Building Trust between Minorities and Researchers The representation of minorities in public health and biomedical research still lags behind that of whites. This represents an ongoing challenge to the validity and generalizability of research findings, which consequently contributes to disparities in health status and care, both of which constitute an injustice to unrepresented minority groups. There are multiple factors that influence the participation of minorities, including that lack of access to research, lack of knowledge and distrust, and barriers such as attitudes of researchers and health professionals. This proposal unites a strong team of public health researchers, bioethicists, multiple Clinical and Translational Science Institutes, and the organization, Public Responsibility in Medicine and Research, to propose the first effort that seeks simultaneously to impact minority communities, investigators and IRB members. Utilizing qualitative and quantitative methods, we will examine the attitudes, knowledge and behaviors of researchers and identify best practices in community engagement;determine the level of knowledge about research, informed consent and willingness to participate in research among a national random sample of minorities only;develop, pilot test and revise a curriculum, """"""""Building Trust"""""""" for minority communities;and finally, develop and implement multiple trainings aimed at enhancing the capacity of researchers and IRB members to support recruitment and engagement with minority communities. Our over- arching goal is to create a sustainable infrastructure of training and educational initiatives, which can be evaluated over time to determine their impact on improving minority participation in research. The goal of our """"""""Building Trust"""""""" Bioethics Research Infrastructure Initiative is to develop, implement and evaluate strategies aimed at increasing minority participation in biomedical and public health research, including clinical trials. Our campaign will produce effective, sustainable tools that can be implemented and evaluated to determine the extent to which they contribute to the increase in minority participation in NIH sponsored research and increase the self-efficacy of investigators dedicated to this goal.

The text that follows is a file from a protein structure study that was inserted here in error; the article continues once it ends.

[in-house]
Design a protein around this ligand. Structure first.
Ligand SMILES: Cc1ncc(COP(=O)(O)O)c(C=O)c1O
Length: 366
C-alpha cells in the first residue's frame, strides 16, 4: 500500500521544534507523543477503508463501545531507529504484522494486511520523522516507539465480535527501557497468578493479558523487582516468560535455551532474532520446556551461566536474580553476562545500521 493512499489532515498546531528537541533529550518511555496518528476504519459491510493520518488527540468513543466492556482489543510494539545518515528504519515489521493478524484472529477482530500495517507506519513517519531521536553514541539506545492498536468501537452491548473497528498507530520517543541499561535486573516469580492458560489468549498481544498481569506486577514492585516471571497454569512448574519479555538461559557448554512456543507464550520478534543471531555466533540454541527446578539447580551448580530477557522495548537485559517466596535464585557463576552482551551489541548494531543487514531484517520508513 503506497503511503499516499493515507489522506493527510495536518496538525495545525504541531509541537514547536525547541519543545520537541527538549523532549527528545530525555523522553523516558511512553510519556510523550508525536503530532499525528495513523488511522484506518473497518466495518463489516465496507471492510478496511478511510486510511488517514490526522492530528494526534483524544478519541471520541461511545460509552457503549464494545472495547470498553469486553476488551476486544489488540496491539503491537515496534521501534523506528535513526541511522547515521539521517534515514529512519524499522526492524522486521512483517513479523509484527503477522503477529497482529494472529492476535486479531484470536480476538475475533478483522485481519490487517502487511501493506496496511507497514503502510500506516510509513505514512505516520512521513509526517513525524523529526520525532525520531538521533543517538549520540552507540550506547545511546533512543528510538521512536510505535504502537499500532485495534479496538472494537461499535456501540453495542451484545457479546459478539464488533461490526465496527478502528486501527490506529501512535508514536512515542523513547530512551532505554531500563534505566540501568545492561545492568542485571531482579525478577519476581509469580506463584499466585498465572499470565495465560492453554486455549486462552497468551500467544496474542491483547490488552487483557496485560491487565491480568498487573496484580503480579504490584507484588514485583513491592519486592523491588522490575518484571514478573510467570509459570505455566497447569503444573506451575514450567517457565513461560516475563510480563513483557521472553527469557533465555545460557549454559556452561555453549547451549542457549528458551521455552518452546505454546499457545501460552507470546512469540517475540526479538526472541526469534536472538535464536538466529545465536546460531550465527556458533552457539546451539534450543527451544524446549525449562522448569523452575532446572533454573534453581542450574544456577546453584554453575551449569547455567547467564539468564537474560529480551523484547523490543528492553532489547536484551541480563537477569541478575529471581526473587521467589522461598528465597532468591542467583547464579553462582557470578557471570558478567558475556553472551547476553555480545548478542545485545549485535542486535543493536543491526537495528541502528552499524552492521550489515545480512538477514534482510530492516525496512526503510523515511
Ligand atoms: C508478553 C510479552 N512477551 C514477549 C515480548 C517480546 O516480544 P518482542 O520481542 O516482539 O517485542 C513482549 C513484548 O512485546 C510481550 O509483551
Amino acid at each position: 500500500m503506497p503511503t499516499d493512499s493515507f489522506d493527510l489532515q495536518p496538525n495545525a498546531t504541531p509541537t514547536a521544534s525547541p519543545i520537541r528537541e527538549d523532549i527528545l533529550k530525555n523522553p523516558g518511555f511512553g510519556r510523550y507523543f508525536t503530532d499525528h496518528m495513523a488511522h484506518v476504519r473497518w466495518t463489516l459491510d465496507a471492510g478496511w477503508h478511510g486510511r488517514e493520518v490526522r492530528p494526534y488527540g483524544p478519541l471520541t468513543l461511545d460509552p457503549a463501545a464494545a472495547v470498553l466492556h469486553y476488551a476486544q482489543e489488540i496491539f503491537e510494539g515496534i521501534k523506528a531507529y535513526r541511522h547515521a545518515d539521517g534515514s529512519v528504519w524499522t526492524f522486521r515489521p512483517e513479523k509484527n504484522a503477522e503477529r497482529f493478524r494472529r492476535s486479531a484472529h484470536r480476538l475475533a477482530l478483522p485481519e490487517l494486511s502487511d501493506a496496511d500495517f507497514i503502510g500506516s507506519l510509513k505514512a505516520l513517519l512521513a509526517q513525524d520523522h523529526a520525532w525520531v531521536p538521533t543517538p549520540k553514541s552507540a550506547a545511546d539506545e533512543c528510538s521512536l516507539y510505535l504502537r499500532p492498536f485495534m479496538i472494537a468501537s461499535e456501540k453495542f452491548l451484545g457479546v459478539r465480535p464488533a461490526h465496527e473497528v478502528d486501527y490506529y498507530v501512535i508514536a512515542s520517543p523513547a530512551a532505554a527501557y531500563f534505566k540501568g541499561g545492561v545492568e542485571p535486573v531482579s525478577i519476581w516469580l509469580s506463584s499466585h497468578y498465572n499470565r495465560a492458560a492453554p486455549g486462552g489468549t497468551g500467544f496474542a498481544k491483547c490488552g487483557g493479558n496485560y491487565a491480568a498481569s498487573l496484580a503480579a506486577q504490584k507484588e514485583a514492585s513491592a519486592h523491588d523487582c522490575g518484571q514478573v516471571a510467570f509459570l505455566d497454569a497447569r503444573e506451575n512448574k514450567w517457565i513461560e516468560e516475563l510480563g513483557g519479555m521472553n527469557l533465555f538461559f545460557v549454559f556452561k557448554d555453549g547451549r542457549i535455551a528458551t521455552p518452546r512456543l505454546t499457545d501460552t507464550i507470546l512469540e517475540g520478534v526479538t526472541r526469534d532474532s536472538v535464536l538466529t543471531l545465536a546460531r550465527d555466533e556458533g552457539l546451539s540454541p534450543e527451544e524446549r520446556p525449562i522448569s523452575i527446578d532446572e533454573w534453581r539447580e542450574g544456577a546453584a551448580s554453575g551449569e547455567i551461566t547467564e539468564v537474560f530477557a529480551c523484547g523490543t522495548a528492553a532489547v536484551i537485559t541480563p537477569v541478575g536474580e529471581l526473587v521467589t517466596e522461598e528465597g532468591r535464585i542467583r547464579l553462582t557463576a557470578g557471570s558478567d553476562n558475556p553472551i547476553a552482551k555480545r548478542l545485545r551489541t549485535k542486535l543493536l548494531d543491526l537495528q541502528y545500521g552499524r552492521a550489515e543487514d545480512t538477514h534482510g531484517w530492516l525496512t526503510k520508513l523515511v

Public Health Relevance

The goal of our Building Trust Bioethics Research Infrastructure Initiative is to develop, implement and evaluate strategies aimed at increasing minority participation in biomedical and public health research, including clinical trials. Our campaign will produce effective, sustainable tools that can be implemented and evaluated to determine the extent to which they contribute to the increase in minority participation in NIH sponsored research and increase the self-efficacy of investigators dedicated to this goal.

Agency
National Institute of Health (NIH)
Institute
National Institute on Minority Health and Health Disparities (NIMHD)
Type
High Impact Research and Research Infrastructure Programs (RC2)
Project #
7RC2MD004766-03
Application #
8112814
Study Section
Special Emphasis Panel (ZMD1-PA (R5))
Program Officer
Goodwin, Paula
Project Start
2009-09-28
Project End
2012-06-30
Budget Start
2010-09-27
Budget End
2012-06-30
Support Year
3
Fiscal Year
2010
Total Cost
$1,018,818
Indirect Cost
Name
University of Maryland College Park
Department
Type
Schools of Public Health
DUNS #
790934285
City
College Park
State
MD
Country
United States
Zip Code
20742
Garza, Mary A; Quinn, Sandra Crouse; Li, Yan et al. (2017) The Influence of Race and Ethnicity on Becoming a Human Subject: Factors Associated with Participation in Research. Contemp Clin Trials Commun 7:57-63
Fryer, Craig S; Passmore, Susan R; Maietta, Raymond C et al. (2016) The Symbolic Value and Limitations of Racial Concordance in Minority Research Engagement. Qual Health Res 26:830-41
Passmore, Susan R; Fryer, Craig S; Butler, James et al. (2016) Building a ""Deep Fund of Good Will"": Reframing Research Engagement. J Health Care Poor Underserved 27:722-40
Brown, Natasha A; Thornton, Rachel L J; Smith, Katherine Clegg et al. (2014) ""It's like big mama's house"": examining extended family influences on the dietary behaviors of African American children. Ecol Food Nutr 53:149-70
Butler 3rd, James; Quinn, Sandra C; Fryer, Craig S et al. (2013) Characterizing researchers by strategies used for retaining minority participants: results of a national survey. Contemp Clin Trials 36:61-7
Quinn, Sandra C; Kass, Nancy E; Thomas, Stephen B (2013) Building trust for engagement of minorities in human subjects research: is the glass half full, half empty, or the wrong size? Am J Public Health 103:2119-21
Quinn, Sandra Crouse; Butler 3rd, James; Fryer, Craig S et al. (2012) Attributes of researchers and their strategies to recruit minority populations: results of a national survey. Contemp Clin Trials 33:1231-7
Quinn, Sandra Crouse; Garza, Mary A; Butler, James et al. (2012) Improving informed consent with minority participants: results from researcher and community surveys. J Empir Res Hum Res Ethics 7:44-55
Thomas, Stephen B; Quinn, Sandra Crouse; Butler, James et al. (2011) Toward a fourth generation of disparities research to achieve health equity. Annu Rev Public Health 32:399-416